Ministries Ally to Avert Anthrax, Rabies


Implementing the strategic plan will cost the nation more than 600 million Br




Four ministries have developed a strategic document aimed at controlling and preventing animal and human diseases. Implementation of this project is projected to cost the nation over 600 million Br.

The ministries of Health (MoH), Livestock & Fishery (MoLF), Environment, Forest & Climate Change (MoEFCC) and Culture & Tourism (MoCT) were involved in the development process. The latter has been involved with the Ethiopian Wildlife Conservation Authority (EWCA).

Development partners such as Centre for Disease Control (CDC), Food & Agriculture Organisation (FAO), United States Agency for International Development (USAID), World Health Organisation (WHO) and the Ohio State University have also taken part in the draft national strategy.

Its main aim is to prevent and control anthrax and rabies. The former is a type of disease which is caused by bacteria. It affects farm animals and humans that have come in direct contact with infected animals or products that come from them.

Rabies is a disease that is caused by an inflammation of the brain of animals, including humans.

“Ethiopia is one of the countries with a frequent record of anthrax, especially in the cattle producing area of the country,” Meseret Bekele, veterinary public health, epidemiology directorate directress at Ministry of Livestock & Fishery.

Under the national plan, research will be carried out, and vaccination and medication awareness creation activities will be conducted in regions that are considered vulnerable.

With a plan period of a decade, strategic areas of focus have been devised. They are strengthening reporting systems, improving outbreak investigation and response, prevention and control, improving diagnostic laboratory capacity and risk communication.

The plan took a year, with studying and assessing scientific mechanisms to control and prevent zoonotic diseases that are found in animals but can also infect humans.

A workshop was held last Monday to discuss and comment on components of the strategic document.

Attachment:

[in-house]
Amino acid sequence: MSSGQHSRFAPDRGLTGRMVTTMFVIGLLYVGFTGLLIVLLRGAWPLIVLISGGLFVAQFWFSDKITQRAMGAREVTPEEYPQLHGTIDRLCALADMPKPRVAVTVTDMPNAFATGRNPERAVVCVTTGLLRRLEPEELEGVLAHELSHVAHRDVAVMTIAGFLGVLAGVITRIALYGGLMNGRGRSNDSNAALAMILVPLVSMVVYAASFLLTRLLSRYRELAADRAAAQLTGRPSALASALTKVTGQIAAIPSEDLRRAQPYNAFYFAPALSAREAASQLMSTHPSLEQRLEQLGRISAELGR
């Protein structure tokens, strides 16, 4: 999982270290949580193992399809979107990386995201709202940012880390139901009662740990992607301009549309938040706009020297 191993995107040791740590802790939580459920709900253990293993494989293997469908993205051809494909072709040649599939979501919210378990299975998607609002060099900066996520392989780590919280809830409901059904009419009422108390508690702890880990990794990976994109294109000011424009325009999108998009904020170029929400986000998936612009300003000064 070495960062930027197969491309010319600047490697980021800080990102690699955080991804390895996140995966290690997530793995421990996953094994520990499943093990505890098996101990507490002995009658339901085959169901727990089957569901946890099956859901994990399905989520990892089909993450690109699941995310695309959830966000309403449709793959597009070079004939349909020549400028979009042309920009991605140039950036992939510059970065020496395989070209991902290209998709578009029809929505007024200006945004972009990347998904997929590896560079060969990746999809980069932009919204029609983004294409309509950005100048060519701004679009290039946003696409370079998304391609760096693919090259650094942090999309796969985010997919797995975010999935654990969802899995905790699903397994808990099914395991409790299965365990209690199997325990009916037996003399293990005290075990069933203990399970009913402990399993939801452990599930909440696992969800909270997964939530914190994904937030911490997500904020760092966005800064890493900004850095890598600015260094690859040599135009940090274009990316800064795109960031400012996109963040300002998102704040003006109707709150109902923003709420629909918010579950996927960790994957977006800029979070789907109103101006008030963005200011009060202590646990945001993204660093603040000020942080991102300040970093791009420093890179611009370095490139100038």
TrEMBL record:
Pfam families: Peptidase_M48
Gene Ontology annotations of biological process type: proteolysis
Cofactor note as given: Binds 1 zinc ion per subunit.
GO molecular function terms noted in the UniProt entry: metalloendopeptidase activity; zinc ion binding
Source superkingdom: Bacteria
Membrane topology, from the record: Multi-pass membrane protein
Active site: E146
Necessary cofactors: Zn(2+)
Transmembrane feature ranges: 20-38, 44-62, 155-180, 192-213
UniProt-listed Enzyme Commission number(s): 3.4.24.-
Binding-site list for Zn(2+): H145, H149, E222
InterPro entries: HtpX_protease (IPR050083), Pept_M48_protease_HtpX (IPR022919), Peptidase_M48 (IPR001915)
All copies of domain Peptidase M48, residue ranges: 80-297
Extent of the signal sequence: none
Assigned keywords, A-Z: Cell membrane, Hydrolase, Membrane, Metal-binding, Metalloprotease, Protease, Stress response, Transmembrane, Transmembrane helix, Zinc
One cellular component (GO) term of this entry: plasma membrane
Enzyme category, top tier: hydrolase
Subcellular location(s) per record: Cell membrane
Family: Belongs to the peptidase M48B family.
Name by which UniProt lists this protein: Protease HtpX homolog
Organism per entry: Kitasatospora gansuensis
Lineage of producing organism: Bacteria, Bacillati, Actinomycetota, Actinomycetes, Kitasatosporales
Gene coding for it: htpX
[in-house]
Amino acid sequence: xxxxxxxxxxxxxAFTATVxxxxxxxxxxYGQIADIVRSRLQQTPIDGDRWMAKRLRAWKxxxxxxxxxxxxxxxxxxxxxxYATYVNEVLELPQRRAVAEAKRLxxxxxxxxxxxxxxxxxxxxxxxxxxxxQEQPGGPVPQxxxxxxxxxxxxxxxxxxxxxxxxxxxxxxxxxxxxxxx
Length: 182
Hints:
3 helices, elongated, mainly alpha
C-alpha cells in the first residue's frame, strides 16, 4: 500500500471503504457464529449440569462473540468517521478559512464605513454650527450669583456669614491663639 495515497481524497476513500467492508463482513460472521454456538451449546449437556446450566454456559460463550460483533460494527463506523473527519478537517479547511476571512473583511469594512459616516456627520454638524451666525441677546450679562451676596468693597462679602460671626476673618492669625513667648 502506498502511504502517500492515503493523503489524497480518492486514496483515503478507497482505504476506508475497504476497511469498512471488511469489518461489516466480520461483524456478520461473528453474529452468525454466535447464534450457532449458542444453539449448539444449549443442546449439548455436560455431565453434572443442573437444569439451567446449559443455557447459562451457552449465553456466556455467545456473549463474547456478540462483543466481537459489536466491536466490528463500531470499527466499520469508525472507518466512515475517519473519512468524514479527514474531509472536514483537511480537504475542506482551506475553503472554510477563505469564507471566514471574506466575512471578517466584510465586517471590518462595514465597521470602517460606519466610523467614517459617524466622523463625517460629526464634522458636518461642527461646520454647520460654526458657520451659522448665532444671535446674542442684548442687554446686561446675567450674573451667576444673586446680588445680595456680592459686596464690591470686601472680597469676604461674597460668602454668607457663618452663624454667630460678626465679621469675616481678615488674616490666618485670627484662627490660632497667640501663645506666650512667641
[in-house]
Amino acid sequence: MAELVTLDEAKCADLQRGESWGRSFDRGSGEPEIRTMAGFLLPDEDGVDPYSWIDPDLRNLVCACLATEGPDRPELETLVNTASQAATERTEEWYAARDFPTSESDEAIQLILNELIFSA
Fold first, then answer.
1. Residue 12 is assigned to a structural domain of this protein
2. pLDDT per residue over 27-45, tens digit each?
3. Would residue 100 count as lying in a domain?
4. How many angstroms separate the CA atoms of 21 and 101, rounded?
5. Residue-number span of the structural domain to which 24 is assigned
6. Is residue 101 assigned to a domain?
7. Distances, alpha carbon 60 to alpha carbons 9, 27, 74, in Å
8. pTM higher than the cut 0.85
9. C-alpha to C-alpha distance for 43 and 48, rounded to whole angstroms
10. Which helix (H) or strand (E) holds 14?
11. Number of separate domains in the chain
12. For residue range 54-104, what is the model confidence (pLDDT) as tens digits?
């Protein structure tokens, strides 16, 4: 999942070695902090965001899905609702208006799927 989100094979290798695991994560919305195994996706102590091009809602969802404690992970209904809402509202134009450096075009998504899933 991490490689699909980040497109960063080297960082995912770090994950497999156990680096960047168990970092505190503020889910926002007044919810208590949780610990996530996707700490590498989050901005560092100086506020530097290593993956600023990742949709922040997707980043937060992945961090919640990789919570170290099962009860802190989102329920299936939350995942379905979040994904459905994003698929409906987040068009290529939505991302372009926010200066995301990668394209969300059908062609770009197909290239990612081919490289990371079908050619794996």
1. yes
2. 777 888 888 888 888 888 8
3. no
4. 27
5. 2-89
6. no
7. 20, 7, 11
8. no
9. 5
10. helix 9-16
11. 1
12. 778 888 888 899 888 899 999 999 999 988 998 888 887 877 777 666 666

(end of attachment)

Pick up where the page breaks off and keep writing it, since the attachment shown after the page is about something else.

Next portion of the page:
“After discussions with stakeholders, the document was believed to have passed a technical evaluation,” said Asefa Deressa (PhD), team leader at Zoonoses Research at Ethiopian Public Health Institute (EPHI). “It is an import plan for we need to work together to plan and prepare ourselves to deal with epidemics of all potential zoonotic diseases.”

Ethiopia has the most amount of livestock in Africa. There are about 54 million cattle, 25.5 million sheep and 24.06 million goats. The livestock sector also contributes close to 16.5pc to the gross domestic product (GDP) and 15pc to export earnings.

The nation also has an estimated five million dogs and a quarter of a million cats.

“Improved animal health services could hugely increase livestock productivity and the earnings of their owners,” Meseret said.

Mussie Hailemelekot, a lecturer at Bahirdar University (PhD) that specialises in tropical veterinary medicine, with 12 years of experience, agrees.

“There needs to be a great effort in awareness creation,” Mussie told Fortune. “The case of Anthrax will be especially challenging as the bacteria will stay alive for about six decades in the soil, complicating the execution period of the strategy.”



By SOLOMON YIMER
FORTUNE STAFF WRITER

Published on Apr 06,2018 [ Vol 18 ,No 936]


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